John Vaillant has turned from non-fiction to fiction in his first novel. But at it’s core, “The Jaguar’s Children” is steeped in contemporary issues. Hector is sealed inside a Mexican water tanker. He and his fellow illegal immigrants have been abandoned by the coyotes who took their money just inside the Arizona border. His thin thread to the outside world is a cellphone with one American number in its contacts.
Vaillant weaves Hector’s text based autobiography with the pains and hopes of modern Mexican’s seeking a better life, torn from their families, fleeing the killers and exploiters who have denied them opportunities in their own towns. Unfortunately, the US doesn’t offer much solace.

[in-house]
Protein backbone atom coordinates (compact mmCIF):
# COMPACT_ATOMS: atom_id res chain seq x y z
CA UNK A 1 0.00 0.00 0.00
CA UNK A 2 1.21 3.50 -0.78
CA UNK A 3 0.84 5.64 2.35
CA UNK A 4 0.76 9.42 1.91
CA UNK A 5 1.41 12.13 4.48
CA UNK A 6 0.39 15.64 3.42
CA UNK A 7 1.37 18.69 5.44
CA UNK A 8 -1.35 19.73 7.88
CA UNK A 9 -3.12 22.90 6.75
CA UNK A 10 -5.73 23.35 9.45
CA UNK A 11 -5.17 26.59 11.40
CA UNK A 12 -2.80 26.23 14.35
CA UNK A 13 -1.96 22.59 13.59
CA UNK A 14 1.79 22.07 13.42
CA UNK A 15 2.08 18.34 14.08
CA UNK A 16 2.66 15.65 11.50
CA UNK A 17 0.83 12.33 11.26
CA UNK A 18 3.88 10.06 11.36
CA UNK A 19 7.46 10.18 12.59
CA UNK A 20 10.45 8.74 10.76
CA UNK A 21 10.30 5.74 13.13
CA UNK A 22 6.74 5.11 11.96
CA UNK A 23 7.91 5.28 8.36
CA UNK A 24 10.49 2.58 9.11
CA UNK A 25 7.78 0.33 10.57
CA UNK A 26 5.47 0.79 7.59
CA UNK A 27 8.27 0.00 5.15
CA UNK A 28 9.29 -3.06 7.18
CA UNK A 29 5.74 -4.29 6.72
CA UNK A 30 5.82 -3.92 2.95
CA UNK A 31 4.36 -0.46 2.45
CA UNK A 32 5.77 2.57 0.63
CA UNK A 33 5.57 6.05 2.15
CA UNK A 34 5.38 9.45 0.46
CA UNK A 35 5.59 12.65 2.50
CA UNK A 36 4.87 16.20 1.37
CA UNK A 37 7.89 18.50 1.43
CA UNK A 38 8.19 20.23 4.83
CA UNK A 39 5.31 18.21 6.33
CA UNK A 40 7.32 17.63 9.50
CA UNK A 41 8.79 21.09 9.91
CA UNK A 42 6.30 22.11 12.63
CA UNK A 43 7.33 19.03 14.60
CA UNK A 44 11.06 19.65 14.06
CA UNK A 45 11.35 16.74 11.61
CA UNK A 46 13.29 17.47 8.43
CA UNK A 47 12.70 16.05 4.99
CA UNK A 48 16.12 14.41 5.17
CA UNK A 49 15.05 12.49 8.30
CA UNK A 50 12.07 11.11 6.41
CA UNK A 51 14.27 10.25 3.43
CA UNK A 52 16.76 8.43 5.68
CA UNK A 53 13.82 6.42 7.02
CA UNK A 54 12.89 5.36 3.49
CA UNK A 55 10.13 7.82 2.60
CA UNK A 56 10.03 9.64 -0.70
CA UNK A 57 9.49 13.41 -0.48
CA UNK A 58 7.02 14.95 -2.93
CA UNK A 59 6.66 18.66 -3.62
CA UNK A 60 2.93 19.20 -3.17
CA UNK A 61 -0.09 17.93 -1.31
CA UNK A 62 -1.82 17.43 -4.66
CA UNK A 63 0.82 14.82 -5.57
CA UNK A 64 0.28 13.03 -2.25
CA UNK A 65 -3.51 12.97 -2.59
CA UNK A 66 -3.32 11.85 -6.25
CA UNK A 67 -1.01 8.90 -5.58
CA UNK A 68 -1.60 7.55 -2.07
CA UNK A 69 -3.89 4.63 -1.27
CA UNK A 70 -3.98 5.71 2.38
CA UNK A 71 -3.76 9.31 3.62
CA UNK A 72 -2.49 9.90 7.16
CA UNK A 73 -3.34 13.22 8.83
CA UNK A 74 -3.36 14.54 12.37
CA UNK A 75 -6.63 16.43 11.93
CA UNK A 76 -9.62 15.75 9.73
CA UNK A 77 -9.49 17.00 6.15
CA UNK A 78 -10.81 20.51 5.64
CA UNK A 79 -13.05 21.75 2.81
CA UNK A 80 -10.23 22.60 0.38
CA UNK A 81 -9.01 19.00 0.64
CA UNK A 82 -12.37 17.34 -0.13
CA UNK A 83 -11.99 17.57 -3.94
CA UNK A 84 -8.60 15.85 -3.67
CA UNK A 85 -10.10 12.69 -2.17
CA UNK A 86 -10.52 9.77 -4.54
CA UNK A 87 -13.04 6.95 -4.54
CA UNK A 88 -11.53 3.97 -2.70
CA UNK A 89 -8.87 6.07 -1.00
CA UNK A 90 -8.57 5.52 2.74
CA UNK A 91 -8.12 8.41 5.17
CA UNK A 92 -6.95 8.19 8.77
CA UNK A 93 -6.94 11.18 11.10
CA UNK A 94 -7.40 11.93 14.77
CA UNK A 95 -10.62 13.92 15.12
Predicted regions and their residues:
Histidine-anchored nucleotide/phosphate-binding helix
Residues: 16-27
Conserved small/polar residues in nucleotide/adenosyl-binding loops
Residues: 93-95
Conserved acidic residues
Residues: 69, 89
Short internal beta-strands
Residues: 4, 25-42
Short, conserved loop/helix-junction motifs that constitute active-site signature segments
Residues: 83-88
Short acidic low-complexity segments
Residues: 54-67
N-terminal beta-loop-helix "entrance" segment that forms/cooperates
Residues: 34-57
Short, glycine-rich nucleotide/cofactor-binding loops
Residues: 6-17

Vaillant has won awards for his previous non-fiction books. “The Golden Spruce,” tracked the impact of the cutting of one special tree into the darker recesses of North American cultural and environmental exploitation. He followed up with “The Tiger,” a quest to find out what it is like to live with declining tiger populations in Russia.
Vaillant was in the Puget Sound area, speaking at a number of bookstores, from Port Angeles to Lake Forest Park to Seattle.